Web-based and stand-alone tools have been developed that facilitate identification of STs directly from short-read data [36,37]. These methods are, of course, dependent on the sequence and profile definitions made available on PubMLST.org, which also has functionality to extract typing information directly from submitted assembled genomes that are routinely scanned for known alleles. As the locations of these loci are ‘tagged’ in the sequence data for future reference within BIGSdb, this means that the genome sequences are automatically annotated for those loci for which definition databases exist. The definition database can also be queried using genome data not uploaded to the isolate database to identify a strain directly from sequence data. The BIGSdb platform also has functionality that enables an administrator to define scanning rules and report formatting. This uses a built-in script interpreter so that analysis paths can be taken by following a decision tree defined by the rules. This has been implemented within the PubMLST Neisseria sequence definition database to automatically extract the strain typing information for the meningococcus (ST, clonal complex and antigen sequence type comprising PorA variable regions and FetA variable region) [17,33], along with antibiotic resistance information from sequence data that is pasted in to a web form (Figure 2, panel A). The script instructs the software to first scan the MLST alleles and, if these are all identified, to identify the ST and clonal complex by querying the reference data tables. It then scans the typing antigens and formats the results of these with the MLST results in to a standardised strain designation [17]. Following this, the sequences of the penA and rpoB genes are extracted and then compared with isolates with matching sequences within the PubMLST isolate database to determine the most likely penicillin and rifampicin sensitivity. All of this is displayed in a plain language report (Figure 2, panel B). The whole analysis is extremely rapid, taking about 40 seconds within the web interface.
 
Figure 2. Extracting antigen and antibiotic resistance data from Neisseria meningitidis whole genome sequences


 
Comparing genomes

Because genomic diversity is recorded within BIGSdb as allele numbers, WGS analysis is possible using the highly scalable techniques developed for seven-locus MLST. Once loci have been defined and alleles identified, they can be used essentially as a whole-genome MLST scheme, or any chosen subset of predefined loci combined to form a scheme. This is the principle behind the Genome Comparator analysis [38], which can use either the defined loci or extract coding sequences from an annotated reference genome to perform comparisons against genomes within the database. Using a reference genome, or set of predefined reference loci, each of the coding sequences are compared against the test genomes using BLAST. Allele sequences that are the same as the reference are designated allele 1, while each unique allele different from the reference is assigned a sequential number. Once each locus has been tested, a distance matrix is then generated based on allelic identities between each pair of isolates. This can then be visualised using standard algorithms – the PubMLST website incorporates the Neighbor-net algorithm [39] implemented in SplitsTree4 [40]. Because analysis relies only on using BLAST to compare each locus within a genome in turn, either against the single annotated reference sequence or against all known alleles if using defined loci, the analysis is again very rapid, allowing multiple genomes to be compared within minutes, with the time taken to analyse only increasing linearly, not geometrically, with additional genomes.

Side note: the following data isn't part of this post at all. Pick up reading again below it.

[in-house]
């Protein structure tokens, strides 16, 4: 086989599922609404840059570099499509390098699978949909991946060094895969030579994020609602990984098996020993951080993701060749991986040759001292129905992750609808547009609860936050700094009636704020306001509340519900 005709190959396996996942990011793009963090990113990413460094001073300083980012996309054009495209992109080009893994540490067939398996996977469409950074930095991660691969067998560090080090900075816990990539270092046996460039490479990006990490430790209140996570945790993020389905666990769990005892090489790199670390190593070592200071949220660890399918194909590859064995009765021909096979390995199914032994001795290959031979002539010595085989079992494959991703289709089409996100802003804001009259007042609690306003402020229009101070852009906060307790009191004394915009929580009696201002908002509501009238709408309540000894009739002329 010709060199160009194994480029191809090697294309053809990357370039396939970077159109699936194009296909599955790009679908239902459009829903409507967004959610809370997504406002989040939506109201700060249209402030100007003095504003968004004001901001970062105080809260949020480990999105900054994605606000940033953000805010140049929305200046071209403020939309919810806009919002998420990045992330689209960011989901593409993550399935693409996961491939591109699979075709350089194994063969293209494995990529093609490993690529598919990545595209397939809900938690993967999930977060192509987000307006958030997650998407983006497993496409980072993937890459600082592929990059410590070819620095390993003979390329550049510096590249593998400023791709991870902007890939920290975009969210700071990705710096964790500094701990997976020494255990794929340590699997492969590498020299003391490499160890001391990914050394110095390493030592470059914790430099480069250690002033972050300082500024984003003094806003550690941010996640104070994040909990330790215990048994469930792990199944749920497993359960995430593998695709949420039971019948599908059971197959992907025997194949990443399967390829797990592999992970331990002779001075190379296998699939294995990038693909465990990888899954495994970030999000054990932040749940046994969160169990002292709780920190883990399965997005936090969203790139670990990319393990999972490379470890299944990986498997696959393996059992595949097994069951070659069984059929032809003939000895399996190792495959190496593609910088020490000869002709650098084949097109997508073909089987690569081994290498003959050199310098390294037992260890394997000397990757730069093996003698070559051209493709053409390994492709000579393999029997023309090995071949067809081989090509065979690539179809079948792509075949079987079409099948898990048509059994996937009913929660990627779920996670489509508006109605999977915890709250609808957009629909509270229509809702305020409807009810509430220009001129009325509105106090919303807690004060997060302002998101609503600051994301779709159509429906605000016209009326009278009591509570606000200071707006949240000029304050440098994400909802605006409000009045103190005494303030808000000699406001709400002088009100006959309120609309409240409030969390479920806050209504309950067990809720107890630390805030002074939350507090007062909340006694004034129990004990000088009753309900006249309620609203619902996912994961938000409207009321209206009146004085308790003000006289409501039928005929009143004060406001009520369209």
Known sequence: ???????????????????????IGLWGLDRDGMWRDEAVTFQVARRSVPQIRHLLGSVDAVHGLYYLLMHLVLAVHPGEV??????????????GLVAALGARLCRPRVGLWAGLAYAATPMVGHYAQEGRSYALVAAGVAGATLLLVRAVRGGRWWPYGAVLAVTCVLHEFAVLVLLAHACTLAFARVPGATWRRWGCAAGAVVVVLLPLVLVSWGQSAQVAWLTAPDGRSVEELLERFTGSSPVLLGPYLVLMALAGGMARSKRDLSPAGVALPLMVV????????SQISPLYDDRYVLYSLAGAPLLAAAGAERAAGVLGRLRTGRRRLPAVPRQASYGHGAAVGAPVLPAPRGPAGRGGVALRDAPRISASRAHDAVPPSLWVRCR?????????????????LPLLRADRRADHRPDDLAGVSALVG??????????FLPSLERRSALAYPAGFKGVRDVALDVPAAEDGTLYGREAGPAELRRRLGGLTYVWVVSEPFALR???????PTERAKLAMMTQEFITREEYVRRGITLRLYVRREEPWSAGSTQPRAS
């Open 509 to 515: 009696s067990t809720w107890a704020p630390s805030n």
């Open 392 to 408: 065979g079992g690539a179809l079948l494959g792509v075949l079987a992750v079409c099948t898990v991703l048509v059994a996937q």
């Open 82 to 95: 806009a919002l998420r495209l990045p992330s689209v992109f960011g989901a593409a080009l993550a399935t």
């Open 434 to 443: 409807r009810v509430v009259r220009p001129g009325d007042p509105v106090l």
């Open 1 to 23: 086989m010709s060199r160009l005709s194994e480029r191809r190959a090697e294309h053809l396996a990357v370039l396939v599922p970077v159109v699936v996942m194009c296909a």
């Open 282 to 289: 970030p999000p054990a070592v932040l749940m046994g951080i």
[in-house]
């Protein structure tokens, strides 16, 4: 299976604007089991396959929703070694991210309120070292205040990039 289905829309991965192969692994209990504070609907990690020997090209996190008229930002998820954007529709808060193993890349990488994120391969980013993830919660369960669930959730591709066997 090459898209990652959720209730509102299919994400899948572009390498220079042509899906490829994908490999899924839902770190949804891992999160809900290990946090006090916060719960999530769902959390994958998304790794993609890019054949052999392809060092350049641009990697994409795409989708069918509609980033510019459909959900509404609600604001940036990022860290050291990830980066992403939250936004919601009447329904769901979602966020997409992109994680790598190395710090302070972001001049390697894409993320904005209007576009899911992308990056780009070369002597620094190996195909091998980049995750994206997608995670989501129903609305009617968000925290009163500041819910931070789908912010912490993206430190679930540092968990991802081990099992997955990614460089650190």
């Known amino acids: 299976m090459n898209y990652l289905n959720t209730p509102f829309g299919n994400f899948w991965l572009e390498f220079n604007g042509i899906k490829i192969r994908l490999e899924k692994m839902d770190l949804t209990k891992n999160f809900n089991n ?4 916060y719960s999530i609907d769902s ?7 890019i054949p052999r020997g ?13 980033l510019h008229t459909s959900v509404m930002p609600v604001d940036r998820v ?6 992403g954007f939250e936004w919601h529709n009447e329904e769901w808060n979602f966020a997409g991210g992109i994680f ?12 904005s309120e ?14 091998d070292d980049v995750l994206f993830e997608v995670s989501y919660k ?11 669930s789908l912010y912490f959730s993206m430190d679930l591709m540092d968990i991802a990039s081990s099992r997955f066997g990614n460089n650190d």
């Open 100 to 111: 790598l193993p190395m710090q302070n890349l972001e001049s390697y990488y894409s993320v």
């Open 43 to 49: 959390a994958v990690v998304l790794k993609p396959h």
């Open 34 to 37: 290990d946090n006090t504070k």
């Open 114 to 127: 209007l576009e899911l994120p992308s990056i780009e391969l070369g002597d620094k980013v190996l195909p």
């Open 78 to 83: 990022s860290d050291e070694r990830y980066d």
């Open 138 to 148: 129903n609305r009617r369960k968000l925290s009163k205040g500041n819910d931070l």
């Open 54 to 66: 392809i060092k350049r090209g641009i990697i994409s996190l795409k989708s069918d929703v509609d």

The Genome Comparator approach is generic and any number of loci in any groups can be used for this type of analysis. Many loci have been defined for the meningococcus, including the 53 ribosomal (r) genes that are used as a basis of rMLST [41-44]. The full complement of ribosomal genes has a number of advantages for indexing variation. These genes are universally present in members of the domain, are protein encoding and therefore generally assemble well from short-read sequences and are distributed throughout the genome. They encode proteins that form part of a coherent, macromolecular structure and contain variation that is informative at a wide range of levels of discrimination. These data can be used within and among members of the same genus, for both species and strain definition [42].